Children's Motivation in Elementary Physical Education: An Expectancy-Value Model of Achievement Choice. (Pedagogy)

Article excerpt

This study examined children's motivation in elementary physical education within an expectancy-value model developed by Eccles and her colleagues. Four hundred fourteen students in second and fourth grades completed questionnaires assessing their expectancy-related beliefs, subjective task values, and intention for future participation in physical education. Results indicated that expectancy-related beliefs and subjective task values were clearly distinguishable from one another across physical education and throwing. The two constructs were related to each other positively. Children's intention for future participation in physical education was positively associated with their subjective task values and/or expectancy-related beliefs. Younger children had higher motivation for learning in physical education than older children. Gender differences emerged, and the findings provided empirical evidence supporting the validity of the expectancy-value model in elementary physical education.

Key words: expectancy beliefs, grade differences, subjective task values


A large body of research reveals that lack of physical activity has led to an exceptionally high rate of children who are overweight and obese. It consequently leads to an increase in coronary heart disease, diabetes, certain cancers, high blood pressure, and depression in their future. Although school physical education has the potential to increase children's daily physical activity levels (Sallis et al., 1992), children's motivation to participate in physical education actually declines over the school years (Van Wersch, Trew, & Turner, 1992). As a key facilitator to achievement behavior, motivation can be defined as the energization, direction, and regulation of behavior (Roberts, 2001). To counter the lack of motivation in school physical education, it is important that we understand how motivational processes evolve in young children.

The current theoretical approaches used to investigate children's motivational processes include self-efficacy (Bandura, 1997) and achievement goal theory (Ames, 1992; Duda, 1996; Dweck & Leggett, 1988; Nicholls, 1989). These frameworks have provided valuable insight into how to structure task-oriented class climates to increase student engagement. An assumption of these approaches is that achievement tasks are valued. There is evidence, however, that this assumption may not be supported, especially in secondary physical education (Cothran & Ennis, 1998). As Wigfield and Eccles (1992) pointed Out, the construct of achievement value received relatively little attention as compared to other constructs in various theories of achievement motivation, and this is especially true in physical education. When the conceptualization of motivation includes not only the energization and direction of behavior, but also the regulation of behavior over time (Roberts, 2001), we believe that the expectancy-value model (Eccles, 1987; Eccles et al., 1983; Eccles, Adler, & Meece, 1984; Eccles, Wigfield, & Schiefele, 1998; Wigfield, 1994; Wigfield & Eccles, 1992) represents a viable theoretical approach to exploring children's achievement motivation in physical education.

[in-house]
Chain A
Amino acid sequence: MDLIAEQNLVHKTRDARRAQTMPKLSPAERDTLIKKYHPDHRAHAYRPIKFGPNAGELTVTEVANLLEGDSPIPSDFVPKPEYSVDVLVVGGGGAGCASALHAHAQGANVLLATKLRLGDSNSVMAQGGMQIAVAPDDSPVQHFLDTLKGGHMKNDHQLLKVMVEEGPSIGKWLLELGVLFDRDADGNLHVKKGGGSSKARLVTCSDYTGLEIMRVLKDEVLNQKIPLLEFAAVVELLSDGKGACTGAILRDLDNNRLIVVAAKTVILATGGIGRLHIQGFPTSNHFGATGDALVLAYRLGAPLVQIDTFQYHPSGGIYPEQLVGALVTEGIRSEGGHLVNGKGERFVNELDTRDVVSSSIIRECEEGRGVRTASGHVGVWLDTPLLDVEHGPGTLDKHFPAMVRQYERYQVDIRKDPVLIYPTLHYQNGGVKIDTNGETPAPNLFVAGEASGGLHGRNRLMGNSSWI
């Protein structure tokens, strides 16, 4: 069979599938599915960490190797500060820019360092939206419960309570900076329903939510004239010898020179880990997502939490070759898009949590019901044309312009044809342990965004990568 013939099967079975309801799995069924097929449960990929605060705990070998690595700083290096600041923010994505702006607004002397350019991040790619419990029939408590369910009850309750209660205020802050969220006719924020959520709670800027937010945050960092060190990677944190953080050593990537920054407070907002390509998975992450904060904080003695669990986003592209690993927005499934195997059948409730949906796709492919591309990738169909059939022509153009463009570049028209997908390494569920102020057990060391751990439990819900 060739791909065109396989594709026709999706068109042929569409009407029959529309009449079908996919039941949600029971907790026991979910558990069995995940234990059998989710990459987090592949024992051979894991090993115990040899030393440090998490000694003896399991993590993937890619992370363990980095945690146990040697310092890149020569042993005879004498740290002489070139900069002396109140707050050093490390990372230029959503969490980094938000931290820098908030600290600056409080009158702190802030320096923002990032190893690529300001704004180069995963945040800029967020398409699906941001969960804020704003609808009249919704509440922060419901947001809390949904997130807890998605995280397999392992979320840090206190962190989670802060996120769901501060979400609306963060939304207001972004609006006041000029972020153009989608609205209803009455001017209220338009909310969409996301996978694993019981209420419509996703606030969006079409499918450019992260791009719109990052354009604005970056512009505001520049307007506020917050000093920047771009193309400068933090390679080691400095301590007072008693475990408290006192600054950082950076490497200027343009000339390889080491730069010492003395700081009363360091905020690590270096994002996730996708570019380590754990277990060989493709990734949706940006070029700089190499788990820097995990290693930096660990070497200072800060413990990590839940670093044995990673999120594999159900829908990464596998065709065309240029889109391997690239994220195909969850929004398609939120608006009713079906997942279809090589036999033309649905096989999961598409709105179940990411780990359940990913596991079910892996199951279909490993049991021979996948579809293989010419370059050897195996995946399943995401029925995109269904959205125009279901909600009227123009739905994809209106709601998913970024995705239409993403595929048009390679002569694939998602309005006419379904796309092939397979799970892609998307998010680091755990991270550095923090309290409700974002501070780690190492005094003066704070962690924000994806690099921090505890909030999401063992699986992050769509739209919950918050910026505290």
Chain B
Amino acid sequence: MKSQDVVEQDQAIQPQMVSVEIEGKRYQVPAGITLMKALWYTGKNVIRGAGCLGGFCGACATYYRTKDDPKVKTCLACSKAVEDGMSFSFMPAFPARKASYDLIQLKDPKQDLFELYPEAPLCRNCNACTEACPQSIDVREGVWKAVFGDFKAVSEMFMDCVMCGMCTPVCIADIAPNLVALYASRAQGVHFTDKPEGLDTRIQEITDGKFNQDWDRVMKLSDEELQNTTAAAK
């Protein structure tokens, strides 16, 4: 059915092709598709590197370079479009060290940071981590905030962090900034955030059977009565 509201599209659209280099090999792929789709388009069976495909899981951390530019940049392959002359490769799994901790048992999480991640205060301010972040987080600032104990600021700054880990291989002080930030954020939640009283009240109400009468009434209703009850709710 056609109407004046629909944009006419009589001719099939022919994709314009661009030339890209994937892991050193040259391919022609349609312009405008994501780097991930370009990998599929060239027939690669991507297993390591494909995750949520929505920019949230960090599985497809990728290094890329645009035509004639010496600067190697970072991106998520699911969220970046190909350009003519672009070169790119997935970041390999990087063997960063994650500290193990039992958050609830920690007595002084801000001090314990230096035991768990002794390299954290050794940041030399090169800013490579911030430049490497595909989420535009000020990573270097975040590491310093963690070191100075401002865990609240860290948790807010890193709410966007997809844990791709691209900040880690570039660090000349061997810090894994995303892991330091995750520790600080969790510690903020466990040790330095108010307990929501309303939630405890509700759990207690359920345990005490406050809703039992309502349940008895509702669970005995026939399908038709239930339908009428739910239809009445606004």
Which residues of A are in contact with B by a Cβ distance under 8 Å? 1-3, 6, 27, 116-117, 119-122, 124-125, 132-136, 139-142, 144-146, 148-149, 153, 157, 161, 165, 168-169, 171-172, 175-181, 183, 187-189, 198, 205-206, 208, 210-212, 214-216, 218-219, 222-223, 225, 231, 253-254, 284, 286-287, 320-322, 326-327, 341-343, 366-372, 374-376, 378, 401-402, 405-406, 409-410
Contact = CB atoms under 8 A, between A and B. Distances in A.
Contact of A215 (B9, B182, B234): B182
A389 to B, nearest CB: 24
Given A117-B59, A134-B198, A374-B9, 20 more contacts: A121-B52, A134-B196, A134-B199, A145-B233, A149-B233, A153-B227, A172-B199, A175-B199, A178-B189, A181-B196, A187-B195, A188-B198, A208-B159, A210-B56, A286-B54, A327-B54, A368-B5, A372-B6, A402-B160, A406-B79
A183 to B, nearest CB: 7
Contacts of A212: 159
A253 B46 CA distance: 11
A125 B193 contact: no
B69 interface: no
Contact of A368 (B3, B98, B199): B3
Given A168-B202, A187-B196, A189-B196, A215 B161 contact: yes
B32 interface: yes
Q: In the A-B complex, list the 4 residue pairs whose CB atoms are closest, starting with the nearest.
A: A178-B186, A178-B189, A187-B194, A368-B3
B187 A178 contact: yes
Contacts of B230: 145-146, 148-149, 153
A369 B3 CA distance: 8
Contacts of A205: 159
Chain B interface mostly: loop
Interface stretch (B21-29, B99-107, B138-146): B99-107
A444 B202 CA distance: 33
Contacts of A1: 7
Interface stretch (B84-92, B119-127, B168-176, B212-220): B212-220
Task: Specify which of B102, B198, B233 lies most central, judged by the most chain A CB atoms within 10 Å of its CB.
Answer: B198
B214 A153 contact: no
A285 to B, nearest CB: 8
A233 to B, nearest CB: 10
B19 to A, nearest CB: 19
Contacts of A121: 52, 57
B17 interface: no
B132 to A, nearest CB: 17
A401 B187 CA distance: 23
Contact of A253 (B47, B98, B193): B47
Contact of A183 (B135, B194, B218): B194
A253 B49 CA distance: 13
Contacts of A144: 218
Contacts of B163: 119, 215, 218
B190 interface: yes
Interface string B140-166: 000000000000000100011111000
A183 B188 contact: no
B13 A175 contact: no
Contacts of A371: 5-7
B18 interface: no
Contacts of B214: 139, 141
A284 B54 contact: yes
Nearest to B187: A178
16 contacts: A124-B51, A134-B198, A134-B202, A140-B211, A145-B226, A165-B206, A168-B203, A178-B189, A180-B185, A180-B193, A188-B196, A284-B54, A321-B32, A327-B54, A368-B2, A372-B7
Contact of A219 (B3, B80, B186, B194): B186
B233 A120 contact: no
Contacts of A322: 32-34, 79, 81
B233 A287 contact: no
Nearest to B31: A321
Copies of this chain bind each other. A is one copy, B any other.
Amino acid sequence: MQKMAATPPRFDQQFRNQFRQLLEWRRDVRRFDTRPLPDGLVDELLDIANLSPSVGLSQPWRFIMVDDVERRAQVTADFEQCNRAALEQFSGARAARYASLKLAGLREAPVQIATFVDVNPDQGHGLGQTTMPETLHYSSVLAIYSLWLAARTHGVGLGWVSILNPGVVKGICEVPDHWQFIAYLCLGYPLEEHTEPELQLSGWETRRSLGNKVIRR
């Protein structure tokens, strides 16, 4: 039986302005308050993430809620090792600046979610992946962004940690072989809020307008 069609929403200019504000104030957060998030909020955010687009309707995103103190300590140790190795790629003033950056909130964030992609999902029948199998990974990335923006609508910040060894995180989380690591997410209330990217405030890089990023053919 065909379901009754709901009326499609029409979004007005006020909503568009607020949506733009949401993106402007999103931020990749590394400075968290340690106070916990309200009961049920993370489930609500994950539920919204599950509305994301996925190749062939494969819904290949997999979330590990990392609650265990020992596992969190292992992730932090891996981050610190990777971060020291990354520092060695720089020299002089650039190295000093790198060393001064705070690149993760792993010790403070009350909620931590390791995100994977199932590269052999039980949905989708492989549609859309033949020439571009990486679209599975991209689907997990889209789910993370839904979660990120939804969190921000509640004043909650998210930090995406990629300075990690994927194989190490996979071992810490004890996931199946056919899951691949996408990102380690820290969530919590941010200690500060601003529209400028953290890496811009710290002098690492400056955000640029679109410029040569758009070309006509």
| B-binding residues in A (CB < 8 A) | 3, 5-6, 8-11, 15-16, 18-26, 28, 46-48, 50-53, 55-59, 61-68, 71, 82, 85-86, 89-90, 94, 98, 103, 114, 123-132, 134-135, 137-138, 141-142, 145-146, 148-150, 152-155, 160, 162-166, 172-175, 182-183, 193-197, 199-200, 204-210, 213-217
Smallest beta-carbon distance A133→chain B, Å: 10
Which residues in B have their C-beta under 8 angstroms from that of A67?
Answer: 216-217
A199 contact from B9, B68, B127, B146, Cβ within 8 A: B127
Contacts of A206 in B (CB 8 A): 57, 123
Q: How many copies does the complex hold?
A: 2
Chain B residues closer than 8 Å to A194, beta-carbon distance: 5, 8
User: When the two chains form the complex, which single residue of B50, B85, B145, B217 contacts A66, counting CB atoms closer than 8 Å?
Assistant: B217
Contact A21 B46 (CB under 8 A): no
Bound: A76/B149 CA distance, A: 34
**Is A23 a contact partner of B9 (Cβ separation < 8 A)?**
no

Eccles and her colleagues proposed that children's expectancy-related beliefs and subjective task values influence their achievement-related decisions about engaging in particular activities, the amount of effort exerted, persistence, and performance. The researchers also postulated that early achievement and socialization experiences and cultural norms influence how children construe, interpret, and approach achievement. A review of the full model can be found in Eccles et al. (1983) and Meece, Parsons, Kaczala, Goff, and Futterman (1982).

Investigating elementary school children's expectations and values using the expectancy-value model may enhance our understanding about children's development of motivational values and expectancy in physical activity. …